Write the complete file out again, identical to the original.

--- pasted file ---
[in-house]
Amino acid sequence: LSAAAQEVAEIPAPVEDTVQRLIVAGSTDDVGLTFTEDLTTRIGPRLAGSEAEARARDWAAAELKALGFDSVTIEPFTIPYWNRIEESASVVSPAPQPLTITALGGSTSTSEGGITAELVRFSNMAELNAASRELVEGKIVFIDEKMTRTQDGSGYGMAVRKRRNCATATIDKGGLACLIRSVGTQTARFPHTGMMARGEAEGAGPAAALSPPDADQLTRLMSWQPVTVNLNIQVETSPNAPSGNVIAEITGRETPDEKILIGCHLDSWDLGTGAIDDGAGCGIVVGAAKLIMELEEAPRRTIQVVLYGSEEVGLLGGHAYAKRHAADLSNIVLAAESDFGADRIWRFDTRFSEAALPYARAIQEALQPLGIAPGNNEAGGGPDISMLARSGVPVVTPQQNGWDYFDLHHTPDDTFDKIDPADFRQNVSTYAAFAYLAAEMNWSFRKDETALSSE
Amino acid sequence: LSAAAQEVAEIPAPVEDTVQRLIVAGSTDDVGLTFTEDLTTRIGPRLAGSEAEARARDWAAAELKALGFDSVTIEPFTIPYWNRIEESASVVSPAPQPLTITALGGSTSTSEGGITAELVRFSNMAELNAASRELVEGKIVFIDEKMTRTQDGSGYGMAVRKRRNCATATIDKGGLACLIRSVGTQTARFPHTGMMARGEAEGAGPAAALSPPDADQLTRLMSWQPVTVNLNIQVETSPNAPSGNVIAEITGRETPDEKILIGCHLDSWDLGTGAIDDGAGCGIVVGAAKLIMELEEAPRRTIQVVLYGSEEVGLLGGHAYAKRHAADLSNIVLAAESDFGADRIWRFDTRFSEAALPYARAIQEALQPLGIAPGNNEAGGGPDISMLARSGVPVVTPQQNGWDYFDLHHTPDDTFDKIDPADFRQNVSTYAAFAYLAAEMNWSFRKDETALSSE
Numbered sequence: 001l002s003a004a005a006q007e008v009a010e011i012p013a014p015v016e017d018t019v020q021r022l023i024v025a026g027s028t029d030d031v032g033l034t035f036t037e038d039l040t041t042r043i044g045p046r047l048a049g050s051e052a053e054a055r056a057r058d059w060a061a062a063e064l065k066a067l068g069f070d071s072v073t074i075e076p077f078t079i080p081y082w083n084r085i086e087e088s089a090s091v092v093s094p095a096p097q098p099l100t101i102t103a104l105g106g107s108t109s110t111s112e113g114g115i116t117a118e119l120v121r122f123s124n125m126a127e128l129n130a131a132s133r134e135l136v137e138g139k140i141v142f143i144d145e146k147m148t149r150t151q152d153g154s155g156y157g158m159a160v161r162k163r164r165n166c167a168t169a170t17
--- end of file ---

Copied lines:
[in-house]
Amino acid sequence: LSAAAQEVAEIPAPVEDTVQRLIVAGSTDDVGLTFTEDLTTRIGPRLAGSEAEARARDWAAAELKALGFDSVTIEPFTIPYWNRIEESASVVSPAPQPLTITALGGSTSTSEGGITAELVRFSNMAELNAASRELVEGKIVFIDEKMTRTQDGSGYGMAVRKRRNCATATIDKGGLACLIRSVGTQTARFPHTGMMARGEAEGAGPAAALSPPDADQLTRLMSWQPVTVNLNIQVETSPNAPSGNVIAEITGRETPDEKILIGCHLDSWDLGTGAIDDGAGCGIVVGAAKLIMELEEAPRRTIQVVLYGSEEVGLLGGHAYAKRHAADLSNIVLAAESDFGADRIWRFDTRFSEAALPYARAIQEALQPLGIAPGNNEAGGGPDISMLARSGVPVVTPQQNGWDYFDLHHTPDDTFDKIDPADFRQNVSTYAAFAYLAAEMNWSFRKDETALSSE
Amino acid sequence: LSAAAQEVAEIPAPVEDTVQRLIVAGSTDDVGLTFTEDLTTRIGPRLAGSEAEARARDWAAAELKALGFDSVTIEPFTIPYWNRIEESASVVSPAPQPLTITALGGSTSTSEGGITAELVRFSNMAELNAASRELVEGKIVFIDEKMTRTQDGSGYGMAVRKRRNCATATIDKGGLACLIRSVGTQTARFPHTGMMARGEAEGAGPAAALSPPDADQLTRLMSWQPVTVNLNIQVETSPNAPSGNVIAEITGRETPDEKILIGCHLDSWDLGTGAIDDGAGCGIVVGAAKLIMELEEAPRRTIQVVLYGSEEVGLLGGHAYAKRHAADLSNIVLAAESDFGADRIWRFDTRFSEAALPYARAIQEALQPLGIAPGNNEAGGGPDISMLARSGVPVVTPQQNGWDYFDLHHTPDDTFDKIDPADFRQNVSTYAAFAYLAAEMNWSFRKDETALSSE
Numbered sequence: 001l002s003a004a005a006q007e008v009a010e011i012p013a014p015v016e017d018t019v020q021r022l023i024v025a026g027s028t029d030d031v032g033l034t035f036t037e038d039l040t041t042r043i044g045p046r047l048a049g050s051e052a053e054a055r056a057r058d059w060a061a062a063e064l065k066a067l068g069f070d071s072v073t074i075e076p077f078t079i080p081y082w083n084r085i086e087e088s089a090s091v092v093s094p095a096p097q098p099l100t101i102t103a104l105g106g107s108t109s110t111s112e113g114g115i116t117a118e119l120v121r122f123s124n125m126a127e128l129n130a131a132s133r134e135l136v137e138g139k140i141v142f143i144d145e146k147m148t149r150t151q152d153g154s155g156y157g158m159a160v161r162k163r164r165n166c167a168t169a170t17